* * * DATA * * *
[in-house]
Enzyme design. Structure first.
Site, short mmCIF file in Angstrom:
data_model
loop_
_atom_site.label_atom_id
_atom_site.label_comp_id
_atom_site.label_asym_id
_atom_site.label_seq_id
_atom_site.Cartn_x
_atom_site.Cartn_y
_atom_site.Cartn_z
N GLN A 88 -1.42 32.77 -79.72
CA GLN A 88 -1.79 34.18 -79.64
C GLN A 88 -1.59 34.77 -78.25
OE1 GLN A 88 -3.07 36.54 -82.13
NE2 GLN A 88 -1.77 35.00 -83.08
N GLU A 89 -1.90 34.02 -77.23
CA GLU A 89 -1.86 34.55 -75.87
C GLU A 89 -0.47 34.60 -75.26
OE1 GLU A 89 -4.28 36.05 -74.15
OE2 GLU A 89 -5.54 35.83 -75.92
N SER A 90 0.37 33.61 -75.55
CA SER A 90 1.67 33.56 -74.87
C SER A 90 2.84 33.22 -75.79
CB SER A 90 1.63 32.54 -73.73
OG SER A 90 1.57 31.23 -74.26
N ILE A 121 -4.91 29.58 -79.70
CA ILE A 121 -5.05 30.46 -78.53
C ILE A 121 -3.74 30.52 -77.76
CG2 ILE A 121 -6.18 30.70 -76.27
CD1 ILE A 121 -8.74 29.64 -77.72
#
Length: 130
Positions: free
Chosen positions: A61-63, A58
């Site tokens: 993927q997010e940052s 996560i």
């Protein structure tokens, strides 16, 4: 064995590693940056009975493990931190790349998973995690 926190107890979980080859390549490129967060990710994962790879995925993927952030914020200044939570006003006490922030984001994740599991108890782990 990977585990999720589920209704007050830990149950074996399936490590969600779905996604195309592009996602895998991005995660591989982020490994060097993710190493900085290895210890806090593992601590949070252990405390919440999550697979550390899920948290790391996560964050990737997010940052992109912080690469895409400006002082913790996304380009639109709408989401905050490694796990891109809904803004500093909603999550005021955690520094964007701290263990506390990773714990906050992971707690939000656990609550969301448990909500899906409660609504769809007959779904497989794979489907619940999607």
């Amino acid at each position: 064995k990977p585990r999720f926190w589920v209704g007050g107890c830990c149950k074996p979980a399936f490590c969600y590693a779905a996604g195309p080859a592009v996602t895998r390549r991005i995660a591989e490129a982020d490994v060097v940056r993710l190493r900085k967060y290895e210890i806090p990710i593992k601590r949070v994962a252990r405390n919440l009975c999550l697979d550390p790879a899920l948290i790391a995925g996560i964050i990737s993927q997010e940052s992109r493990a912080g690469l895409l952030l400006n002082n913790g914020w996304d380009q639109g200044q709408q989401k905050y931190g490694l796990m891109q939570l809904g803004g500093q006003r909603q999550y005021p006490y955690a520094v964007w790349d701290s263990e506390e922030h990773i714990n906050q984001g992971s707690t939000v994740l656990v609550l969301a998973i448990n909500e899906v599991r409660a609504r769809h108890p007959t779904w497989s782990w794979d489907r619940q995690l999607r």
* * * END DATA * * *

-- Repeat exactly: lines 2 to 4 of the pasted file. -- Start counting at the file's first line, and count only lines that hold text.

Enzyme design. Structure first.
Site, short mmCIF file in Angstrom:
data_model